var matches;
      var save = '';
      var price = parseValue(details);
      details = details.replace(/ \/ [^A-Z$]+/, ' ');
      if (details.match(/To Our Valued Customers/)) {
        details = details.replace(/To Our Valued Customers.*/, 'DELAYED');
      if ((matches = details.match(/save .*/))) {
        save = parseValue(matches[0]);
      results.push({item: item,
                    details: details,
                    price: price,
                    save: save});
    return results;

function prioritizeFlyer(data) {
  for (var i = 0; i < data.length; i++) {
    var name = data[i].item.toLowerCase();
    for (var j = 0; j < staples.length; j++) {
      if (name.match(staples[j])) {
        data[i].priority = true;
  return data.sort(function(a, b) {
    if (a.priority && !b.priority) return -1;
    if (!a.priority && b.priority) return 1;
    if (a.save > b.save) return -1;
    if (a.save < b.save) return 1;
    if (a.item < b.item) return -1;
    if (a.item > b.item) return 1;

function displayFlyerData(data) {
  for (var i = 0; i < data.length; i++) {
    var o = data[i];
    console.log((o.priority ? 'Y' : '') + '\t' + o.item + "\t" + o.price + "\t" + o.save + "\t" + o.details);


I’ll check next week to see if the accessible flyer URL changes each time, or if I can determine the correct publication ID by going to a stable URL. Anyway, this was fun to write!

Scripting and the Toronto Public Library’s movie collection

| geek

We hardly ever watch movies in the theatre now, since we prefer watching movies with subtitles and the ability to pause. Fortunately, the Toronto Public Library has a frequently updated collection of DVDs. The best time to grab a movie is when it’s a new release, since DVDs that have been in heavy circulation can get pretty scratched up from use. However, newly released movies can’t be reserved. You need to find them at the library branches they’re assigned to, and then you can borrow them for seven days. You can check the status of each movie online to see if it’s in the library or when it’s due to be returned.

Since there are quite a few movies on our watch list, quite a few library branches we can walk to, and some time flexibility as to when to go, checking all those combinations is tedious. I wrote a script that takes a list of branches and a list of movie URLs, checks the status of each, and displays a table sorted by availability and location. My code gives me a list like this:

In Library Annette Street Mad Max Fury Road M 10-8:30 T 12:30-8:30 W 10-6 Th 12:30-8:30 F 10-6 Sat 9-5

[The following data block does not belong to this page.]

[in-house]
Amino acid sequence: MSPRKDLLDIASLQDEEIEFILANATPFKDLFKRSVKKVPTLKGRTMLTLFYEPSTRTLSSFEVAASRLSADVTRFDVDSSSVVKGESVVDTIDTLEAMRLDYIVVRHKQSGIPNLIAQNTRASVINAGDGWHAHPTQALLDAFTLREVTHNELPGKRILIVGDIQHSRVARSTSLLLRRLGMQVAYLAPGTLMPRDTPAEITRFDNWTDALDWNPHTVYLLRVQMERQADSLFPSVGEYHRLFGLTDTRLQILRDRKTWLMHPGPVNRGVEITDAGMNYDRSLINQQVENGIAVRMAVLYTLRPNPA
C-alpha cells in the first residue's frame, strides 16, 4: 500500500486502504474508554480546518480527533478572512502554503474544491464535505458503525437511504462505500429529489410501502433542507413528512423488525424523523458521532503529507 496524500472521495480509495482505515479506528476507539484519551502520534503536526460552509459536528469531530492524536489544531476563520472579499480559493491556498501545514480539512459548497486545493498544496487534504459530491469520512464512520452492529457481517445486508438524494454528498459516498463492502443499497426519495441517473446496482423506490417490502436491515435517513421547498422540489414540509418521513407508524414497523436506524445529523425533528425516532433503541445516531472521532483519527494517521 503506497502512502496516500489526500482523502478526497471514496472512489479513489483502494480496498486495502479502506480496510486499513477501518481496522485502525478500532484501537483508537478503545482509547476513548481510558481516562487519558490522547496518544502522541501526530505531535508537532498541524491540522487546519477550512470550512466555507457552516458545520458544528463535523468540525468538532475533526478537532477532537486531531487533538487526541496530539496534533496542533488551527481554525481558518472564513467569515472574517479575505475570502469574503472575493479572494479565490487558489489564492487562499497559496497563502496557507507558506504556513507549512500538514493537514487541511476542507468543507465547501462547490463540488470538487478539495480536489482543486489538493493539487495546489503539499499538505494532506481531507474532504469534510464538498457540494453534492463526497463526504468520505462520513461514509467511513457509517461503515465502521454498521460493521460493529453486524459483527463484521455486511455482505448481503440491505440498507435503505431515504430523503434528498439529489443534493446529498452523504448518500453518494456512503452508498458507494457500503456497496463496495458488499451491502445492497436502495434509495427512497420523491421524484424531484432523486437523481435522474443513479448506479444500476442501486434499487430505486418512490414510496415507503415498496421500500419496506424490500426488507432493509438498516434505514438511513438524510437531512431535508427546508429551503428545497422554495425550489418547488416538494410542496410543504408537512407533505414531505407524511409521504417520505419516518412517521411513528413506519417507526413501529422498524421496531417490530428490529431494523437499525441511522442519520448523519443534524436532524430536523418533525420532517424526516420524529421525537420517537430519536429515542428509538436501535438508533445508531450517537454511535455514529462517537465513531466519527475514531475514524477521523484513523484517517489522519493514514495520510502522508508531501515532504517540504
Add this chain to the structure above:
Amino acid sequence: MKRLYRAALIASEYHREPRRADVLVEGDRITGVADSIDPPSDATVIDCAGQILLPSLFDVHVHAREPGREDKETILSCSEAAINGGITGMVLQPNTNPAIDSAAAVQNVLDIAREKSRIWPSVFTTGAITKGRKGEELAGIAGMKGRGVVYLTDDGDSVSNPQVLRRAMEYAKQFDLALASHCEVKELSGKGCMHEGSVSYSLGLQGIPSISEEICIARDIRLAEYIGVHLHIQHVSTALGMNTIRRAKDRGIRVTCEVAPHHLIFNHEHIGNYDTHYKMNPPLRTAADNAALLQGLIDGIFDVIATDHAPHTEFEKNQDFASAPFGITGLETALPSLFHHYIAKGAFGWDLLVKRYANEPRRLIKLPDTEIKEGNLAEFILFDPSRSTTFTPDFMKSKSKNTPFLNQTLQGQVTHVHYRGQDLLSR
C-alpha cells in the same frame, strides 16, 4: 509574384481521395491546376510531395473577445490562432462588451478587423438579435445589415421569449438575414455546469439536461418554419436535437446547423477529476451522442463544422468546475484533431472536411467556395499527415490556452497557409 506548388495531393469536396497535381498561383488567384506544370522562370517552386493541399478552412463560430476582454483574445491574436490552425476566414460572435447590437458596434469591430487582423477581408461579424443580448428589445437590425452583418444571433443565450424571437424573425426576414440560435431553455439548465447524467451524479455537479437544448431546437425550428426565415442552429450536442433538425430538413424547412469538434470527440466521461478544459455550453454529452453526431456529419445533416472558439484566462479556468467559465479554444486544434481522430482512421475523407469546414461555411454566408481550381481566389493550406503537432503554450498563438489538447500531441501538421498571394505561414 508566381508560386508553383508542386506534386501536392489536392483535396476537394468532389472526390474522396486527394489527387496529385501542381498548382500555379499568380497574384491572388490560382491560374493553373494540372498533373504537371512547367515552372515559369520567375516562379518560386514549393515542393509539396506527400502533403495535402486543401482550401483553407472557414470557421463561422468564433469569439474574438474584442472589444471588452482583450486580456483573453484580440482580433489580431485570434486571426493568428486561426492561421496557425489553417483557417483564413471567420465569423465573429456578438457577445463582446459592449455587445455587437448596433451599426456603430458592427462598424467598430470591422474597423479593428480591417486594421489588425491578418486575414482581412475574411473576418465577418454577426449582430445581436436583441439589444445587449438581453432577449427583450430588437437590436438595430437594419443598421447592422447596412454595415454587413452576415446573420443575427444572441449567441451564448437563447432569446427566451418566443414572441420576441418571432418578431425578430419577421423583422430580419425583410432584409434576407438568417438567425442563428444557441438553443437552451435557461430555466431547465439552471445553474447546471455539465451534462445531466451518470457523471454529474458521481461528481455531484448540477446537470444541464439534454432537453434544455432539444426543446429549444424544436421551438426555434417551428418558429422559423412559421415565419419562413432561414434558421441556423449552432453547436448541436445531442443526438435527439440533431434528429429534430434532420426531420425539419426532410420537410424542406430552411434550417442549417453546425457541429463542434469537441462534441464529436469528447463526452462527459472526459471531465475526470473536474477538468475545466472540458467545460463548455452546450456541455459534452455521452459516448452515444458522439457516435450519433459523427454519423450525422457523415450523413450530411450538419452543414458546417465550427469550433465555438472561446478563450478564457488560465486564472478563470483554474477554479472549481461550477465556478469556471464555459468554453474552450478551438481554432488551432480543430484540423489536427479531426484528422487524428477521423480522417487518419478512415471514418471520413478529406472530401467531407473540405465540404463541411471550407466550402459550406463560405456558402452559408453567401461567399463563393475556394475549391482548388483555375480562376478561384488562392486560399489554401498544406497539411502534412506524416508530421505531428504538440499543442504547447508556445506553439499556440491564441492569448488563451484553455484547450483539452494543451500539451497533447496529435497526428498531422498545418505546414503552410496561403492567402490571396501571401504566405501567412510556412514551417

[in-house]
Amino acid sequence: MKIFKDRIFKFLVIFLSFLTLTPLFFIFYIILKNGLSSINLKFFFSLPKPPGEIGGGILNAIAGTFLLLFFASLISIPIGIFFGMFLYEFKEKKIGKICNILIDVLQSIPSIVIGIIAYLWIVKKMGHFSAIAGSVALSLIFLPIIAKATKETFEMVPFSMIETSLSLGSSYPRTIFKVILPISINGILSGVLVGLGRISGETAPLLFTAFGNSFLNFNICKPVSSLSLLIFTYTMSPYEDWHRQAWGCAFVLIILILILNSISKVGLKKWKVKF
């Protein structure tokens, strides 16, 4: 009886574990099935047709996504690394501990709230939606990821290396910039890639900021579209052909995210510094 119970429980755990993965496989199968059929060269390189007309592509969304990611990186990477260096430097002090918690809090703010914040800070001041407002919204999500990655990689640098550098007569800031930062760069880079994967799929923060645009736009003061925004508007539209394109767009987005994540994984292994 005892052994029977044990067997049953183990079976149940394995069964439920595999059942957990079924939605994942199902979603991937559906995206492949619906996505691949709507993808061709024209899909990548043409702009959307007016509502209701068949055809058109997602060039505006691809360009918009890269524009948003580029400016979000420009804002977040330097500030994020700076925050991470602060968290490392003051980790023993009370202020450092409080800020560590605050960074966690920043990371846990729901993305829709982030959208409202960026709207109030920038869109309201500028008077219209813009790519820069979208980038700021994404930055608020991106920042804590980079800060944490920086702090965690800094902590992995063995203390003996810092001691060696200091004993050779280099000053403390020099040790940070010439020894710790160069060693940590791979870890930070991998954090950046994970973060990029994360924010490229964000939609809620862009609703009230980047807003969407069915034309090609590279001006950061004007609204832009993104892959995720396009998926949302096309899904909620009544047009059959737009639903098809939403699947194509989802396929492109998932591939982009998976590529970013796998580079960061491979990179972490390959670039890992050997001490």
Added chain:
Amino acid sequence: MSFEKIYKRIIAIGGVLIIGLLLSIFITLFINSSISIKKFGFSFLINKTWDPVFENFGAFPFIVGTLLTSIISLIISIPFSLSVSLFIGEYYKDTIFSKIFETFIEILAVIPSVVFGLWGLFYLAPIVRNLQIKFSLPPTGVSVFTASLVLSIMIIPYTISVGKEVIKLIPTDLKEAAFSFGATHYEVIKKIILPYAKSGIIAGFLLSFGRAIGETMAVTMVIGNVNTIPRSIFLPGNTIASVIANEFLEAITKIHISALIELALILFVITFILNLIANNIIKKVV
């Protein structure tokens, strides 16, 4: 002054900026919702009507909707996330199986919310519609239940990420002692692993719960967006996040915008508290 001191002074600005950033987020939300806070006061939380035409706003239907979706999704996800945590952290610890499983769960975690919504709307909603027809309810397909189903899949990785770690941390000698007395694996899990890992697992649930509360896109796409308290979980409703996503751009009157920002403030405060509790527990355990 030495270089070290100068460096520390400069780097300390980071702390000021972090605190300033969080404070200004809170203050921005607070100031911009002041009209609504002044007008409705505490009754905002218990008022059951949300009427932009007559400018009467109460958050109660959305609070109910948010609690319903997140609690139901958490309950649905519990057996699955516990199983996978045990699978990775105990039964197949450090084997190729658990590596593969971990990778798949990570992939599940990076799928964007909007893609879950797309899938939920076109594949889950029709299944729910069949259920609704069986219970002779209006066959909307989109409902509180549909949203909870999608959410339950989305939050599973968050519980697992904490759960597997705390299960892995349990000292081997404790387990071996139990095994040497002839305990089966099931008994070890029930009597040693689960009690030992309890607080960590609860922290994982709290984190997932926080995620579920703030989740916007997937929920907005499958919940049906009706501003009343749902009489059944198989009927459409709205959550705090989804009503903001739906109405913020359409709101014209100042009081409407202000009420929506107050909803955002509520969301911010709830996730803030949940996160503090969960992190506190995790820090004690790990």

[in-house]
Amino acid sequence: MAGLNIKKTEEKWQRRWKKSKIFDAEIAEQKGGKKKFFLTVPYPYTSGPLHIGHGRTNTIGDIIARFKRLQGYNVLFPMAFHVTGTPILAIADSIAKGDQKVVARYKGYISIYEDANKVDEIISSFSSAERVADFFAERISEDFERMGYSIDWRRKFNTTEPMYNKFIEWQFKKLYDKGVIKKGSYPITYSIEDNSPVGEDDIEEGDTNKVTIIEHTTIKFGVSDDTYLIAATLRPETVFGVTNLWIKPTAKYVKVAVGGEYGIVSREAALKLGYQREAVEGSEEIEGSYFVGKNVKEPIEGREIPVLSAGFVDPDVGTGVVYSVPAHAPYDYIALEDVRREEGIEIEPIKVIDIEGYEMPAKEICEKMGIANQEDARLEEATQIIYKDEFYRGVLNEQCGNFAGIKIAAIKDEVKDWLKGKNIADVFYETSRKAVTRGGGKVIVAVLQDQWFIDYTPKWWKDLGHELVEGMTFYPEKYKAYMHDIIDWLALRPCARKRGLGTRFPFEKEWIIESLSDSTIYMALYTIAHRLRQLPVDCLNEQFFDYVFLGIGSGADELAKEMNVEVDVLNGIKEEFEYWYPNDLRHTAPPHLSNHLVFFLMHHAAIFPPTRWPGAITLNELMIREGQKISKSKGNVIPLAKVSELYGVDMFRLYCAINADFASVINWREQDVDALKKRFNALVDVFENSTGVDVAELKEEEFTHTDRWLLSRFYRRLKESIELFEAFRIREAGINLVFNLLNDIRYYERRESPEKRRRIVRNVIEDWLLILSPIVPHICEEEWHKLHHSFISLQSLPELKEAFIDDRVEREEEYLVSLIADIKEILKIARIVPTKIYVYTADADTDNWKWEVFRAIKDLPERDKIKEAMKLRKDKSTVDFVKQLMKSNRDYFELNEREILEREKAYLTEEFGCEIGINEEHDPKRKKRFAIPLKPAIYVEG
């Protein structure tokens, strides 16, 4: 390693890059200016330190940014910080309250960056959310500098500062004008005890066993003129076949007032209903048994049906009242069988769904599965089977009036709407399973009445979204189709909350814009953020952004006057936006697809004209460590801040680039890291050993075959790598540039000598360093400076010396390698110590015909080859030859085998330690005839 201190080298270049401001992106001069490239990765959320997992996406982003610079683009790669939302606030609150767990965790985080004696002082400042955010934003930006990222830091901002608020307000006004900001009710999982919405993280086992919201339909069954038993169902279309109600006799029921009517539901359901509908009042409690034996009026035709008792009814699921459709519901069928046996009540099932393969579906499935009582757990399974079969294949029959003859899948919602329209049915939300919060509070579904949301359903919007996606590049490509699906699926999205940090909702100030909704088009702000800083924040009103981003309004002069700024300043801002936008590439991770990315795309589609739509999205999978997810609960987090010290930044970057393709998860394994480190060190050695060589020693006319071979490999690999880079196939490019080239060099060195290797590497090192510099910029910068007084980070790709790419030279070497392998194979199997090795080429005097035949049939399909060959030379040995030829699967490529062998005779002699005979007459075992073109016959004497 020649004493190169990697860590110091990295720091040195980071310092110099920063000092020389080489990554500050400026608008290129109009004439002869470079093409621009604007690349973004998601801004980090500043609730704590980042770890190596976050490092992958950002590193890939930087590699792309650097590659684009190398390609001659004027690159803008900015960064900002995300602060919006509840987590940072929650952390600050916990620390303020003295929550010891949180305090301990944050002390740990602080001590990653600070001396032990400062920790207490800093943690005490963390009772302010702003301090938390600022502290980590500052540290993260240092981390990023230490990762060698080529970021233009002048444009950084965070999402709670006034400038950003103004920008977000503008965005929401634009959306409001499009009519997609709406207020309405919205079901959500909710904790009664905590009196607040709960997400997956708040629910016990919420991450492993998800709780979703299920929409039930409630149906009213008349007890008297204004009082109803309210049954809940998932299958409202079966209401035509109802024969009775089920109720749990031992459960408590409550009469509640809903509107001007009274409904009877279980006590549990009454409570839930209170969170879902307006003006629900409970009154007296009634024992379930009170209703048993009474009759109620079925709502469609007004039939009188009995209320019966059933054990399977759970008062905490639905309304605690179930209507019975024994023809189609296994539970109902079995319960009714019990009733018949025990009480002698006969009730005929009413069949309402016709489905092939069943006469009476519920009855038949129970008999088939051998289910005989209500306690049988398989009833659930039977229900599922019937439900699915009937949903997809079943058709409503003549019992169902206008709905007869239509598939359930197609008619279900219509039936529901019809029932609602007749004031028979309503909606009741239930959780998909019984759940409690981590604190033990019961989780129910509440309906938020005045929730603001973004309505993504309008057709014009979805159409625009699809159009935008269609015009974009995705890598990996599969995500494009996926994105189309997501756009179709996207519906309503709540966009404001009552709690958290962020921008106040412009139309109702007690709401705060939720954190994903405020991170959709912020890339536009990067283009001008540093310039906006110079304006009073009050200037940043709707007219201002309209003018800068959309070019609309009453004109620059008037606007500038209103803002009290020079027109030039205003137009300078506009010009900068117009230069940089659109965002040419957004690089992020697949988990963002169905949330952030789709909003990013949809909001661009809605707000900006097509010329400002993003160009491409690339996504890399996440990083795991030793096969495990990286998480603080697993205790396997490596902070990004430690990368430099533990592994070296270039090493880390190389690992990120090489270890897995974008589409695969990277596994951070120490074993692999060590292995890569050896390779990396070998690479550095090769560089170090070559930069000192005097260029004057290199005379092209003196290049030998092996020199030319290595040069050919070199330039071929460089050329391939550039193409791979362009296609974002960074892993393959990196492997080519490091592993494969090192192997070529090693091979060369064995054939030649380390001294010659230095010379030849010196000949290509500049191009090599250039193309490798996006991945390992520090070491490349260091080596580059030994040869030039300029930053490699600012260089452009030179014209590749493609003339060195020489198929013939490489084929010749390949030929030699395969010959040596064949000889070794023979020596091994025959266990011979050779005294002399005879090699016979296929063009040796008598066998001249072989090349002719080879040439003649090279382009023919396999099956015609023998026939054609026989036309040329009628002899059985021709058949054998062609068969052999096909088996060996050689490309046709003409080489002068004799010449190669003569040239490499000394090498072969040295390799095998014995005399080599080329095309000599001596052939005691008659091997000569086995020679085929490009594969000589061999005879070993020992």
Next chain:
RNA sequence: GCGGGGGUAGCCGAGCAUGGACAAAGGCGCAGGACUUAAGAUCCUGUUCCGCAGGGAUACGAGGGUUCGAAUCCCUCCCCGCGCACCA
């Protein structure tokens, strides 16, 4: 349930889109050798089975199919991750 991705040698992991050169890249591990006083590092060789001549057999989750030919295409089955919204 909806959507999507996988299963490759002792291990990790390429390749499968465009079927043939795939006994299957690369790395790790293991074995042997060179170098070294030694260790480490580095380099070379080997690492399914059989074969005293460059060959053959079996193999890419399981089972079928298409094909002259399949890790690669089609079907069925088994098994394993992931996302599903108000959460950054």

In Library Bloor/Gladstone Inside Out M 9-8:30 T 9-8:30 W 9-8:30 Th 9-8:30 F 9-5 Sat 9-5 Sun 1:30-5
In Library Bloor/Gladstone Match M 9-8:30 T 9-8:30 W 9-8:30 Th 9-8:30 F 9-5 Sat 9-5 Sun 1:30-5
In Library Jane/Dundas Avengers: Age of Ultron M 9-8:30 T 9-8:30 W 9-8:30 Th 9-8:30 F 9-5 Sat 9-5
In Library Jane/Dundas Ant-Man M 9-8:30 T 9-8:30 W 9-8:30 Th 9-8:30 F 9-5 Sat 9-5
In Library Jane/Dundas Mad Max Fury Road M 9-8:30 T 9-8:30 W 9-8:30 Th 9-8:30 F 9-5 Sat 9-5
In Library Jane/Dundas Minions M 9-8:30 T 9-8:30 W 9-8:30 Th 9-8:30 F 9-5 Sat 9-5
In Library Perth/Dupont Chappie T 12:30-8:30 W 10-6 Th 12:30-8:30 F 10-6 Sat 9-5
In Library Runnymede Ant-Man M 9-8:30 T 9-8:30 W 9-8:30 Th 9-8:30 F 9-5 Sat 9-5
In Library Runnymede Minions M 9-8:30 T 9-8:30 W 9-8:30 Th 9-8:30 F 9-5 Sat 9-5
In Library St. Clair/Silverthorn Kingsman: the Secret Service T 12:30-8:30 W 10-6 Th 12:30-8:30 F 10-6 Sat 9-5
In Library St. Clair/Silverthorn Mad Max Fury Road T 12:30-8:30 W 10-6 Th 12:30-8:30 F 10-6 Sat 9-5
In Library Swansea Memorial Ant-Man T 10-6 W 1-8 Th 10-6 Sat 10-5
In Library Swansea Memorial Chappie T 10-6 W 1-8 Th 10-6 Sat 10-5
In Library Swansea Memorial Kingsman: the Secret Service T 10-6 W 1-8 Th 10-6 Sat 10-5
In Library Swansea Memorial Kingsman: the Secret Service T 10-6 W 1-8 Th 10-6 Sat 10-5
In Library Swansea Memorial Mad Max Fury Road T 10-6 W 1-8 Th 10-6 Sat 10-5
In Library Swansea Memorial Minions T 10-6 W 1-8 Th 10-6 Sat 10-5
2015-12-08 Perth/Dupont Terminator Genisys T 12:30-8:30 W 10-6 Th 12:30-8:30 F 10-6 Sat 9-5
2015-12-08 Perth/Dupont Mad Max Fury Road T 12:30-8:30 W 10-6 Th 12:30-8:30 F 10-6 Sat 9-5
2015-12-09 Swansea Memorial Avengers: Age of Ultron T 10-6 W 1-8 Th 10-6 Sat 10-5

… many more rows omitted. =)

With this data, I can decide that Swansea Memorial has a bunch of things I might want to check out, and pick that as the destination for my walk. Sure, there’s a chance that someone else might check out the movies before I get there (although I can minimize that by getting to the library as soon as it opens), or that the video has been misfiled or misplaced, but overall, the system tends to work fine.

It’s easy for me to send the output to myself by email, too. I just select the part of the table I care about and use Emacs’ M-x shell-command-on-region (M-|) to mail it to myself with the command mail -s "Videos to check out" sacha@sachachua.com.

The first time I ran my script, I ended up going to Perth/Dupont to pick up seven movies in addition to the two I picked up from Annette Library. Many of the movies had been returned but not yet shelved, so the librarian retrieved them from his bin and gave them to me. When I got back, W- looked at the stack of DVDs by the television and said, “You know that’s around 18 hours of viewing, right?” It’ll be fine for background watching. =)